With a celebrity piece of hardware like the iPhone 4, at a certain point you have stop oohing and ahhing and discuss the reality of using the device. You can't get that real-world feel in a day. You need to use the thing for at least a week and subject it to the degredations of life before you get a clear picture of how it will really fare.
I've had my iPhone 4 for about 10 days, and I'm still trying to make up my mind about it. There's no doubt that the benefits of the phone are genuine -- it's the best smartphone out there, feature for feature. The screen is amazing. The gyroscope is exceptionally cool, especially with games like Eliminate: Gun Range that are among the first to take advantage of it. The speed is stellar, the aesthetics are fantastic, and FaceTime is awesome.
It's indisputably the best iPhone ever made. It's also bugging me.
We begin where we must: the much-discussed reception issues. I've always used a case with my phones, but I wasn't forced to, as I am with the iPhone 4, in order to reduce reception problems. That leads to other difficulties, like dock connections with a variety of already purchased products. I used a very tiny Incipio case with my iPhone 3G S that allowed me to hook up basically whatever dock I liked; it slid nicely into my original Belkin TuneBase car mount. It was a no-brainer: When I got into my car, it took all of a second to slide the 3G S into the dock, where it was instantly charging and available at a handy elevation.
The iPhone 4 will fit into the TuneBase just fine -- unless there's a case on it. The slimmest cases I've found for the iPhone 4 still prevent it from docking. Suddenly, I've gone back a step and have to dig out a car charger for the iPhone 4, leaving it to slide around on the passenger seat. Sure, I could buy the newer version of the TuneBase, but I'm not thrilled about dropping another $70 to replace a functional device.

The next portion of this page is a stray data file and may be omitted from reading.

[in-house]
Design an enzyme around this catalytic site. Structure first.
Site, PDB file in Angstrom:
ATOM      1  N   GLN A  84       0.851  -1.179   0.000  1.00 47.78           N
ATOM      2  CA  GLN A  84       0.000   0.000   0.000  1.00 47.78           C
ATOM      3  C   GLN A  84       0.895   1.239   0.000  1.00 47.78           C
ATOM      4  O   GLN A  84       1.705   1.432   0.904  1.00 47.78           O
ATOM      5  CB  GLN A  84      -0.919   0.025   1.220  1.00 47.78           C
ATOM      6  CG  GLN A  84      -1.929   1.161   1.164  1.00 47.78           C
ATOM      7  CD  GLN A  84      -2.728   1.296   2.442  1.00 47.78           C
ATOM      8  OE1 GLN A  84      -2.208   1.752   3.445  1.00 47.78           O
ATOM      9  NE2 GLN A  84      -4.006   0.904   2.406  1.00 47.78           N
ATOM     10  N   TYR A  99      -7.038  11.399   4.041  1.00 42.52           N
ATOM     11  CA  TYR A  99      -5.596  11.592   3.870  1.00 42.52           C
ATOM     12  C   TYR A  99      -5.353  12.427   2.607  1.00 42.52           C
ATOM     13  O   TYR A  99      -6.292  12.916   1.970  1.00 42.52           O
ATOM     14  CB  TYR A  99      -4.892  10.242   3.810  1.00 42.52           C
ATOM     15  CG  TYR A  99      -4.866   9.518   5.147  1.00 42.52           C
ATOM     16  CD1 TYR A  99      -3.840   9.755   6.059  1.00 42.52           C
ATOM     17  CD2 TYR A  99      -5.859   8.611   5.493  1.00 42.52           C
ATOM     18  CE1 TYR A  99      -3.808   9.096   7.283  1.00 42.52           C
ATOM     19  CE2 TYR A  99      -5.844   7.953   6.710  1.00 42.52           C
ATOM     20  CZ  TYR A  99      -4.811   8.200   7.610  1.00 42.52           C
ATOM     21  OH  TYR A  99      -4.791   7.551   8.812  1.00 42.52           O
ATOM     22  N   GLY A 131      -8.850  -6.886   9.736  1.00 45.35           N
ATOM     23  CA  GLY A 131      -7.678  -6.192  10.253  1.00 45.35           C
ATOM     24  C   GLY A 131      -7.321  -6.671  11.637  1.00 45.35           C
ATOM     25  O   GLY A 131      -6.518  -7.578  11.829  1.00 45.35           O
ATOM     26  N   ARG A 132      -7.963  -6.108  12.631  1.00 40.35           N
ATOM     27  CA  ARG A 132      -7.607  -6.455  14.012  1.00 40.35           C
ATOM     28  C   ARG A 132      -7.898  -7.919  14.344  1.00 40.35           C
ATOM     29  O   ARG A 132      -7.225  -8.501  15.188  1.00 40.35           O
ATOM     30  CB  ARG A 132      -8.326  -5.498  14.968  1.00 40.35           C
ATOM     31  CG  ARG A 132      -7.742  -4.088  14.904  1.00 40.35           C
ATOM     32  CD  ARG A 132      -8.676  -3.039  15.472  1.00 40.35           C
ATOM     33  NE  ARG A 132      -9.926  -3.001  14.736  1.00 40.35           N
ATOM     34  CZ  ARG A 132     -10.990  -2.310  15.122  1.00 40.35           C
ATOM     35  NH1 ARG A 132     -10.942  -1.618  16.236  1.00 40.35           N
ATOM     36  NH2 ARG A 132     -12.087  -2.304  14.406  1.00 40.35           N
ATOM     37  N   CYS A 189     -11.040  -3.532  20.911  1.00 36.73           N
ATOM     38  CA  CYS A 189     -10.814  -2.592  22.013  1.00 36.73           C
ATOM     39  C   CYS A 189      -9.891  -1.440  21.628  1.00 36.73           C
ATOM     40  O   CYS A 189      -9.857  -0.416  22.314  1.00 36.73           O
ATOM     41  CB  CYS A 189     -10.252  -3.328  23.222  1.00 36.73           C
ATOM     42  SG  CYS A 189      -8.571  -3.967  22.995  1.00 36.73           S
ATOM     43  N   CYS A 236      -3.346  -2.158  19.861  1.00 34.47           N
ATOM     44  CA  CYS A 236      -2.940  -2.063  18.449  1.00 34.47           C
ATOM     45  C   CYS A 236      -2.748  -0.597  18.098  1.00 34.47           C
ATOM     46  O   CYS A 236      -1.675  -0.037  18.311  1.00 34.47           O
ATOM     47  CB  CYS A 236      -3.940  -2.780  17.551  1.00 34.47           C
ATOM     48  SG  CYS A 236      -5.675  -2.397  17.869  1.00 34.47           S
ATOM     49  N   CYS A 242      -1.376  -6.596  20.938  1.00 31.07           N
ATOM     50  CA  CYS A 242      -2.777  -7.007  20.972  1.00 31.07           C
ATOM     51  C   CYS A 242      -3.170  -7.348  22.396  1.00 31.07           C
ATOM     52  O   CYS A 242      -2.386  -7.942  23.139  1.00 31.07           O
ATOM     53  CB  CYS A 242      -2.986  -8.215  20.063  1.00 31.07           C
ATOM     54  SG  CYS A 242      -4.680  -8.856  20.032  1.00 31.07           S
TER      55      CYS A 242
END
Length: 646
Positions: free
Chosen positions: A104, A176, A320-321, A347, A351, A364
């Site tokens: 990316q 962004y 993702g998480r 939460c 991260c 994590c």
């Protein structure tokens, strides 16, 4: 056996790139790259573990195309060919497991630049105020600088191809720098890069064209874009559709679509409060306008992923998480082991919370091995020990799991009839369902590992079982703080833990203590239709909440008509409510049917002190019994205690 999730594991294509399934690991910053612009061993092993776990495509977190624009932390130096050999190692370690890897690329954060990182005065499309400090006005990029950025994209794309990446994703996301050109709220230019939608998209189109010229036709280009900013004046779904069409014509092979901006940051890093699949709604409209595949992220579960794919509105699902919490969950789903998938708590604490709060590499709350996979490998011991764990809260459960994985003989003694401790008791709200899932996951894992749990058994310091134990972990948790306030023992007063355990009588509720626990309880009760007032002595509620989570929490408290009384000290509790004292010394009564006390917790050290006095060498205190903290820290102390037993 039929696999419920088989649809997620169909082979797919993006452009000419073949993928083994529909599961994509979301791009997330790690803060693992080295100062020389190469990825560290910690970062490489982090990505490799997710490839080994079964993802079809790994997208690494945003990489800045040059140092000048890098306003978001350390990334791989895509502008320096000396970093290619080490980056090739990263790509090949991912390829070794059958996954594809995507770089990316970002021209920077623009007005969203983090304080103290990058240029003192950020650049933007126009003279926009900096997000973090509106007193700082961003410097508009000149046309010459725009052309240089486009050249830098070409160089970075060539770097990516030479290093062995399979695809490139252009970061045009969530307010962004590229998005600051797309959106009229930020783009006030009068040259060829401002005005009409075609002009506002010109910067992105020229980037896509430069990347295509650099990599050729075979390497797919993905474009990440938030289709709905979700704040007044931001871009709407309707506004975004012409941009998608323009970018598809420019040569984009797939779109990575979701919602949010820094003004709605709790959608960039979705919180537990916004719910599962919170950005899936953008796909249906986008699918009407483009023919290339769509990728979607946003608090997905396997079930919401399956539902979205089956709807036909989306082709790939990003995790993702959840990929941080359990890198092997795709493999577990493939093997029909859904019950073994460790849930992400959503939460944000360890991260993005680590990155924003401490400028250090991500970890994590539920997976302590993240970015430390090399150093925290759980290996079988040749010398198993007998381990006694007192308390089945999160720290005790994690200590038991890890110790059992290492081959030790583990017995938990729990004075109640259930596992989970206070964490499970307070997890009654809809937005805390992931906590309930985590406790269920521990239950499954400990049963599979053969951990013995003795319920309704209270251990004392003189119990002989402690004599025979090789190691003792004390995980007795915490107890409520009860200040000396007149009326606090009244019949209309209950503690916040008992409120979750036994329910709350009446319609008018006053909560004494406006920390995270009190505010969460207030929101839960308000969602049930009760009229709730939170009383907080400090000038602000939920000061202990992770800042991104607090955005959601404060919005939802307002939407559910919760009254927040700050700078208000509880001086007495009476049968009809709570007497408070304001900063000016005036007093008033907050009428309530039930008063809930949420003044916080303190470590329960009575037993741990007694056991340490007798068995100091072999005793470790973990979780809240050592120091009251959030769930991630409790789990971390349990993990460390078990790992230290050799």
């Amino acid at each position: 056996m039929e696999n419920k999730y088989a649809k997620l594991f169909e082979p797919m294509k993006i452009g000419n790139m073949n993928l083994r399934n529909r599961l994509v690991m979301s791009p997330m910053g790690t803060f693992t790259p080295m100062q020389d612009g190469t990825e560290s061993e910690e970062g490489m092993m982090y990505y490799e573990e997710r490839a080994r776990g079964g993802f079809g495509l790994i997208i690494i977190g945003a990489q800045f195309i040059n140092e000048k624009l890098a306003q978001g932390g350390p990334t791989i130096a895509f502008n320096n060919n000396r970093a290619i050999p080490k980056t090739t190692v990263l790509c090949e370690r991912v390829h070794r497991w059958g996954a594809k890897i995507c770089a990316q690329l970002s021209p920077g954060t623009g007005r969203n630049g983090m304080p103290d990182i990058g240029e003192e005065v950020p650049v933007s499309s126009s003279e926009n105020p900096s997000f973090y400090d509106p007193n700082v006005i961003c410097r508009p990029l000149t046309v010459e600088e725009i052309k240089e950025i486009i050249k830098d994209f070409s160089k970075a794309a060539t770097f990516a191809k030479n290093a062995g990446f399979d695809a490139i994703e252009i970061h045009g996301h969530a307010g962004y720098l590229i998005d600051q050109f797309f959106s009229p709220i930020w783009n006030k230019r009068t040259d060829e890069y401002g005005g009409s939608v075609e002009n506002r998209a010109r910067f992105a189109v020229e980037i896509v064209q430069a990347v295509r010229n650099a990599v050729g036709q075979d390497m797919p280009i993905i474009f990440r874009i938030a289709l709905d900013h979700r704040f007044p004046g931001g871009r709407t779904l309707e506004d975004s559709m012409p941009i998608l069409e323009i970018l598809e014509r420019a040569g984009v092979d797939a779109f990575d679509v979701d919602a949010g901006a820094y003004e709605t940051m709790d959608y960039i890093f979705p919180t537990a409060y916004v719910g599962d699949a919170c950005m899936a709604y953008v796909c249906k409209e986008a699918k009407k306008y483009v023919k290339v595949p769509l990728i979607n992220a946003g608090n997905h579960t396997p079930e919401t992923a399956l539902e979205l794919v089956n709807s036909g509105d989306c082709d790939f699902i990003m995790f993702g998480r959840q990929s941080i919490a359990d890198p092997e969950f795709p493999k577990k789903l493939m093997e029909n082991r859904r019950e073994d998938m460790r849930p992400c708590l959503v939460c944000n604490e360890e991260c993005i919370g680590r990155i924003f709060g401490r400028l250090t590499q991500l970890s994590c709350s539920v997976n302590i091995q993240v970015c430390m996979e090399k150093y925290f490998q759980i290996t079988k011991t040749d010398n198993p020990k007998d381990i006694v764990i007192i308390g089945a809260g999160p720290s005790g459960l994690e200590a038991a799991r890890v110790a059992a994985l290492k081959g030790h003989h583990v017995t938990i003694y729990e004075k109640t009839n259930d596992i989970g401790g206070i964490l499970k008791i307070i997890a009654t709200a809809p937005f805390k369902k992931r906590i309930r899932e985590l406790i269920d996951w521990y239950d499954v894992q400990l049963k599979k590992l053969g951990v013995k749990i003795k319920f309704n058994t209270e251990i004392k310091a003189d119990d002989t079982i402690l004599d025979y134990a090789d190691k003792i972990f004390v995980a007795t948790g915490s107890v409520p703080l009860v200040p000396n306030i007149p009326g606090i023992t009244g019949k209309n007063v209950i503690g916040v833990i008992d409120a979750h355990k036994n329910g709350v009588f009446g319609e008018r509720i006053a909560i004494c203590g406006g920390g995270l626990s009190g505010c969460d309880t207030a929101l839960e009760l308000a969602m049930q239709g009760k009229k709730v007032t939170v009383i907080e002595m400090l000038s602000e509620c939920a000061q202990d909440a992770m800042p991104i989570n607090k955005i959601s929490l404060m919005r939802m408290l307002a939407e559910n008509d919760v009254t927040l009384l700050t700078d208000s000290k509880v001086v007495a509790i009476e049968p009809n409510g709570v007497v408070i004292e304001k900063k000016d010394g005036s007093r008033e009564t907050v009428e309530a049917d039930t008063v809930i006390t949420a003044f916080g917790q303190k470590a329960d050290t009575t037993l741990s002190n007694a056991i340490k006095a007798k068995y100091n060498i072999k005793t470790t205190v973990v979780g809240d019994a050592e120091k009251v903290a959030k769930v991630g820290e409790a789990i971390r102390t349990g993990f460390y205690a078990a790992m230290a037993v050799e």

All right, so much for kvetching -- FaceTime is awesome. I happened to be sitting in a small deli in the backwoods of Vermont over the weekend, eating a sandwich. The deli happened to have free Wi-Fi, and my brother happened to pick that moment to try FaceTime. I pulled the phone out of my pocket to answer what I thought was a phone call, and an instant later, my brother was looking at me. It was the first time I'd used FaceTime, and it was every bit as cool, usable, and fast as it should have been.
We talked for a few minutes, played with the front/rear camera switching feature, noted the sound quality -- and generally geeked out. Over my shoulder I heard a few Vermonters talking in hushed tones about the event. I'm not sure if they knew anything about the iPhone 4, but from the snippets of conversation I caught, I might as well have been a Martian.